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PEG Complication Chart

Users are strongly advised to review with their MD, noting any differences in protocols/procedures, prior to taking any actions recommended by this chart. The chart is intended as a helpful reference, and should not replace the advise of your MD.  Users of PEG feeding systems should read the entire chart, (at least briefly,) comparing symptoms listed in each section with those actually experienced by the patient, before taking action.

Nausea/Vomiting*

Symptoms:

  • Nausea, vomiting
  • Abdominal distress, distention, feeling bloated, cramping.
  • Dry heaves/retching, cold sweat.

Immediate Action:

  • Stop feeding.
  • As per MD instruction, drain gastric contents through G-tube into a drainage bag/container or using a large syringe. If there is no return, flush with 10 cc water to make sure the tube is not blocked. Some tubes have valves (such as buttons) which make drainage difficult. If unable to vent button, call MD.
  • If vomiting persists, call MD for appropriate intervention to avoid dehydration/fluid or electrolyte depletion (see Rare Complications #3 “Fluid/Electrolyte Depletion”).

Causes:

  1. Formula intolerance:
    1. High administration rate
    2. High formula concentration, allergy/intolerance of formula components
    3. Formula contaminated
  2. Mechanical problems:
    1. Tube displaced (Improper tube placement; tube migration)
    2. Patient improperly positioned feeding
  3. Side effect of medication or other treatments such as chemotherapy
  4. GI dysfunction:
    1. Poor gastric emptying, reflux, ulcer
    2. Bowel obstruction
    3. Constipation
  5. Psycho-social stressors:
    1. Anxiety concerning tube feeding procedure
    2. Offensive odors, sight and smell of food
  6. Coughing, post nasal drip, upper respiratory infection, sore throat
  7. Intolerance to oral diet (ie. High sugar, lactose content)

Prevention:

  1. A.  When feeding, build up rate and volume slowly. If nauseas develops, decrease rate of HEN feeding until nausea subsides; gradually increase rate, then volume to previous level as tolerated, as per MD instruction.
    • Discuss with MD the possibility of switching formulas
    • Use good hand washing and clean technique when handling HEN formula/equipment. Wash all equipment with hot water after each use. It is generally recommended to use 1 bag for feedings within a 24 to 48 hour period. Before reusing, thoroughly clean bags with warm water and place in a clean container in fridge to retard bacterial growth. Do not store or wash equipment in the bathroom. Check expiration date of formula. Inspect can for bulging/evidence of contamination before opening. Cover and store any open formula in refrigerator and discard after 24 hours. Maximum hang time for formula at room temp. is 8 to 12 hours. If possible hand cold formula to slow bacterial growth.
  1. A.   Examine tube for possible migration or dislodgment (See Complication #4                              “Tube Displacement”).
    • Elevate head of bed or sit up with feedings. Position self onto right side after feedings.
  1. When starting new medications, check with MD if nausea/vomiting is a possible side effect. If MD prescribes anti-emetics, take at least 30-60 minutes prior to PEG feedings.
  2.   A.   Take dysmotility/antireflux/ulcer medications as prescribed.
    • If bowel obstruction is suspected, seek medical attention.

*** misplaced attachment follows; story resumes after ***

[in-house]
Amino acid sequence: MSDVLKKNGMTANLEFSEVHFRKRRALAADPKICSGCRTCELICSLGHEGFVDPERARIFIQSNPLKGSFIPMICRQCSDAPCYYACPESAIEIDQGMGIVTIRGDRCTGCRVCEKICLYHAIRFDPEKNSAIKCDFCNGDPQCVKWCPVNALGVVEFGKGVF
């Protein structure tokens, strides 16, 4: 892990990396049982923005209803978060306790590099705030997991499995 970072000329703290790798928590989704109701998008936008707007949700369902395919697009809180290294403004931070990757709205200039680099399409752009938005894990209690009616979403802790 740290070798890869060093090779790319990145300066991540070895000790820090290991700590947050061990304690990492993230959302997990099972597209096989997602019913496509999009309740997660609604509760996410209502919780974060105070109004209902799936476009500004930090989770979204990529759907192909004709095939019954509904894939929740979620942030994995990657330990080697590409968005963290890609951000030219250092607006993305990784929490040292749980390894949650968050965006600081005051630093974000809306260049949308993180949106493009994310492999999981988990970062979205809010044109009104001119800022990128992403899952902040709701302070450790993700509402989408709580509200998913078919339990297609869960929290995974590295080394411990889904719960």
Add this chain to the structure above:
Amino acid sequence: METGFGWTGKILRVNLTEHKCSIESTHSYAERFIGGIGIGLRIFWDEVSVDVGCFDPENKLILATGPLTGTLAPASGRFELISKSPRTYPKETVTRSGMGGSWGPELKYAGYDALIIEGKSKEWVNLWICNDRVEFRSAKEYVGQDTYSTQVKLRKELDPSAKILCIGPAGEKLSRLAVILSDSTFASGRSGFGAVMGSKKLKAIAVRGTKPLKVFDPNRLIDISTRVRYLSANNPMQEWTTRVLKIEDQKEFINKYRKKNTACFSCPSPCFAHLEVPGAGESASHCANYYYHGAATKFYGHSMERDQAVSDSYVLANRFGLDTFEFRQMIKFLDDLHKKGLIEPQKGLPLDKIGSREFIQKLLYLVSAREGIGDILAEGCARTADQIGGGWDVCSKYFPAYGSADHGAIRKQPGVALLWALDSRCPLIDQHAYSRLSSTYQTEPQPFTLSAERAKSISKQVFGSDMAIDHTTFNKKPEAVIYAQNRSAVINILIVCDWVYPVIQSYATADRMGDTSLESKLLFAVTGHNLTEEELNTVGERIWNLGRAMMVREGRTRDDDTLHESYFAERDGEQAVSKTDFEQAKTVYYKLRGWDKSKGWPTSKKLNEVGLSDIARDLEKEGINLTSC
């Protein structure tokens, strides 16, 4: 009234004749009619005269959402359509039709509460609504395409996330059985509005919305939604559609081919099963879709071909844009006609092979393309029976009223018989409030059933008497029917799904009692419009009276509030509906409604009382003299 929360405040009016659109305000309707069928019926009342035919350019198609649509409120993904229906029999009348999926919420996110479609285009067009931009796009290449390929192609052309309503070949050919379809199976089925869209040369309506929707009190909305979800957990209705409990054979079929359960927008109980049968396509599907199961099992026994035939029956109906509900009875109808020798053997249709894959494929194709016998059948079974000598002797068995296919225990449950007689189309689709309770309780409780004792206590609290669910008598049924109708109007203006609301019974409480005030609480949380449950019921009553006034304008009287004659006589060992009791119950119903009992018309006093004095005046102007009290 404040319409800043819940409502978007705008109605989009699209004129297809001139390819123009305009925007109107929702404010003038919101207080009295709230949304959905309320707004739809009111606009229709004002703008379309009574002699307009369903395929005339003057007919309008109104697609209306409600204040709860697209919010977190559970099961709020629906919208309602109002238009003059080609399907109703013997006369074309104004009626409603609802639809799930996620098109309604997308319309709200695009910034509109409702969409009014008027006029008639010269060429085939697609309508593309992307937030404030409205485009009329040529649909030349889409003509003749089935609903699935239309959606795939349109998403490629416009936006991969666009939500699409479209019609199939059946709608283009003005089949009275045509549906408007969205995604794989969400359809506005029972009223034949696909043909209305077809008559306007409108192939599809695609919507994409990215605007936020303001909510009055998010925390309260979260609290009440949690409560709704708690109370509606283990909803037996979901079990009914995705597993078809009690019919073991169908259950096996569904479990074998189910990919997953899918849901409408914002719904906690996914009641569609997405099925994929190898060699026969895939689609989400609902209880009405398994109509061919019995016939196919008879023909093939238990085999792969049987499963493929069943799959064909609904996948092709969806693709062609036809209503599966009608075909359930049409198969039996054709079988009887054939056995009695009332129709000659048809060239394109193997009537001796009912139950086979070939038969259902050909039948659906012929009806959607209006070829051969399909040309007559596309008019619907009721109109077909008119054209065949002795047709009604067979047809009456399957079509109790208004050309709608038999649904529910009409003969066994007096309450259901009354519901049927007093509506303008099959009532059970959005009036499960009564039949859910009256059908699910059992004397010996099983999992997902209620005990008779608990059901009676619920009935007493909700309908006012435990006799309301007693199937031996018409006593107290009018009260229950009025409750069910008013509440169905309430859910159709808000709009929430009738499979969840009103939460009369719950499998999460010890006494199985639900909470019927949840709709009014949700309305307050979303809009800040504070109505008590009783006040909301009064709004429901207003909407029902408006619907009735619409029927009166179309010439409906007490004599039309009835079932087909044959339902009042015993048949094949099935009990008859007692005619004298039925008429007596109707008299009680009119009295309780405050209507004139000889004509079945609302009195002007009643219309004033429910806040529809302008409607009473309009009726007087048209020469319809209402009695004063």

• See Complication #7 “Constipation”

5.         A.  Use stress reduction/relaxation techniques/antianxiety medication prior to PEG feedings. See out support/encouragement. 
    B.    Remove offensive sights/smells (bedpan/commode/smell of cooking/food aversion)
6.   Notify MD of persistent cough/nasal drip/infection/sore throat for evaluation.
7.        Review oral diet with RD to see if it contains elements that lead to nausea/vomiting.
*Early morning nausea/vomiting can be common when first starting tube feeds as the body adjusts to feeding overnight and walking with a “full stomach”

Diarrhea
Symptoms
*Abdominal pain or cramping with frequent loose watery stool (color may vary)

Immediate Action:

  • Decrease volume/administration rate of PEG formula.
  • Call MD if diarrhea is excessive (a noticeable increase in watery bowel movements for 24+ hours) to avoid fluid/electrolyte depletion (see rare complications #3)
  • Call MD immediately if there is evidence of bleeding or if you are experiencing severe abdominal pain.

Causes:

  1. Formula intolerance:
    1. High administration rate
    2. High formula concentration, allergy/intolerance of formula components
    3. Formula contaminated
  1. GI Dysfunction:
    1. Short bowel syndrome
    2. Gastric Intestinal Colonization
    3. Bowel inflammation
  2. Advance side effects of medications, especially antibiotics
  3. Intolerance to oral diet (i.e. high sugar, lactose content)\

Prevention:

  1. A. Use appropriate feeding method (bolus, gravity or pump). Build up feeding rate and volume slowly until you reach prescribed rate. If diarrhea develops, decrease rate of HEN feeding until diarrhea subsides; gradually increase rate, then volume to previous level as tolerated, as per MD instruction.

B. Discuss with MD the possibility of switching formula (such as to one with fiber), and the possible need for pancreatic enzyme replacement or lactase enzyme.
C. Use clean technique when handling and storing PEG formula/equipment. (see #1 Nausea/Vomiting-Prevention 1C)
  2.   A. Discuss with MD the possible use of H2 blockers or bowel slowing medication.
        B. Report to MD any recent course of antibiotics. A stool culture may be needed.
        C. Seek MD input to controlling bowel inflammation.
3.    Evaluate prescribed medications with RPh for possible sorbitol, magnesium, or phosphorus content. Take proper amount of medication as prescribed. Inform MD of any over the counter medications, herbals or supplements you may be taking.
4.    Review oral diet (if any) with RD to see if it contains elements that lead to diarrhea (i.e. sugar, fat or lactose).

Tube Obstruction/Blockage
Symptoms:

  • Inability to flush with water, infuse tube feeding or administer medication.
  • Bulging of tube when feeding bolus.

Immediate Action:

  • Make sure tube clamp is open.
  • Do not force feeding or medication into clogged tube.
  • Try to flush tube with large syringe (60 ml if possible) filled with warm water. Pull plunger back on syringe; try flushing again with warm water. If flushing doesn’t work, call MD re: trying Viokase (see below). Viokase may not be as effective with a PEJ tube.